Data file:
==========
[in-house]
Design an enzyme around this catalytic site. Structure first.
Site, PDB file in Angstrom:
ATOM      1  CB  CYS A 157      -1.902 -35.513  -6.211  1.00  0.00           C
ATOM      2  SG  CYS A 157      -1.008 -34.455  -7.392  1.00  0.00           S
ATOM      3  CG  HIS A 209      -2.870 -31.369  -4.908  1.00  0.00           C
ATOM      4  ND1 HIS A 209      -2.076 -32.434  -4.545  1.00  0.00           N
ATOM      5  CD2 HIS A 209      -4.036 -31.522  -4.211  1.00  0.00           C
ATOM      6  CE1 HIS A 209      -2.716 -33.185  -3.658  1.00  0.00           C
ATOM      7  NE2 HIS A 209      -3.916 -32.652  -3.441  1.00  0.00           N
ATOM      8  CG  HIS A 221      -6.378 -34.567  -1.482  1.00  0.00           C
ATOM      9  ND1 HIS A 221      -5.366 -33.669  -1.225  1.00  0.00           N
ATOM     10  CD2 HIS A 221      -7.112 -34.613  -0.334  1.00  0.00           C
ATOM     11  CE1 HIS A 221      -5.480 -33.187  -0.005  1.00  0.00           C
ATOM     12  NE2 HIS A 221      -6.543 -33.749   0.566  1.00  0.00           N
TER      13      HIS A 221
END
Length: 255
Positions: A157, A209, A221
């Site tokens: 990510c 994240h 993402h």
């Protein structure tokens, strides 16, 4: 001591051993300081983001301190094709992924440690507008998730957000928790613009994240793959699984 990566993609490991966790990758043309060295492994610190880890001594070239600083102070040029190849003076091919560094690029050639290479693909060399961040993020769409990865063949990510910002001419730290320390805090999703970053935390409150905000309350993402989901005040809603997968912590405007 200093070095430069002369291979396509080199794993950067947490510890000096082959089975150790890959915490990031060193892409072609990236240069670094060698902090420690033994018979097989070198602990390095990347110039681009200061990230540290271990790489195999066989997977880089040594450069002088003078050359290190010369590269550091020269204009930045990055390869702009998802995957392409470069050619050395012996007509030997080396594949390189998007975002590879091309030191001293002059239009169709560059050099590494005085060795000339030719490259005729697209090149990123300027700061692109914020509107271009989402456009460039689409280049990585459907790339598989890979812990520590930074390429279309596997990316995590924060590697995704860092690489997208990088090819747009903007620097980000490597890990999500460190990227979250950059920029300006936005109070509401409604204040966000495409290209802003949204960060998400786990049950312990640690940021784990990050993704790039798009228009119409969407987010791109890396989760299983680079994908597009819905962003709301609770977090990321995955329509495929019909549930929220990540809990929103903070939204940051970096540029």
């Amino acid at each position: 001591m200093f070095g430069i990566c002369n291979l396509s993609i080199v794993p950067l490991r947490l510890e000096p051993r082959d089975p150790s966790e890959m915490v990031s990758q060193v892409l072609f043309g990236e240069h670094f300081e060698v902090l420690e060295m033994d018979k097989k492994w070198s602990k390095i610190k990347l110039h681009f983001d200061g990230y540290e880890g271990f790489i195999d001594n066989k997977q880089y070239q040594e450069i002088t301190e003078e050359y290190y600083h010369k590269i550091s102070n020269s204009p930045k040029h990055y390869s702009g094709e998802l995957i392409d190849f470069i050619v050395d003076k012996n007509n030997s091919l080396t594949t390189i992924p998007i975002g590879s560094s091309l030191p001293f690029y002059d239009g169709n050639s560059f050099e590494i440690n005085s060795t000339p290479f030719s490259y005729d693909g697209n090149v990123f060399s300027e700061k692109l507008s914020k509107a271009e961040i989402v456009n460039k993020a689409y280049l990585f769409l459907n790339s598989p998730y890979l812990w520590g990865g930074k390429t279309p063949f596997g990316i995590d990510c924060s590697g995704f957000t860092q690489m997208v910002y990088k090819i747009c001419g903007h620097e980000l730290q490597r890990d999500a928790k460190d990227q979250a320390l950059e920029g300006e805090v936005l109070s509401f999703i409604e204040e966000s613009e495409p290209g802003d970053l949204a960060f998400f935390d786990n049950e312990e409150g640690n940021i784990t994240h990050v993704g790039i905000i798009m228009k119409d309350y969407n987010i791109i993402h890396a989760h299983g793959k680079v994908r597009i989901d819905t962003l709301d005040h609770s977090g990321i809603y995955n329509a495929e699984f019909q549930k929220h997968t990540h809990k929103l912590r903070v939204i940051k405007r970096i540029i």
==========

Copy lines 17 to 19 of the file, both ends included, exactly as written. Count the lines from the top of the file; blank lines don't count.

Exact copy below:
END
Length: 255
Positions: A157, A209, A221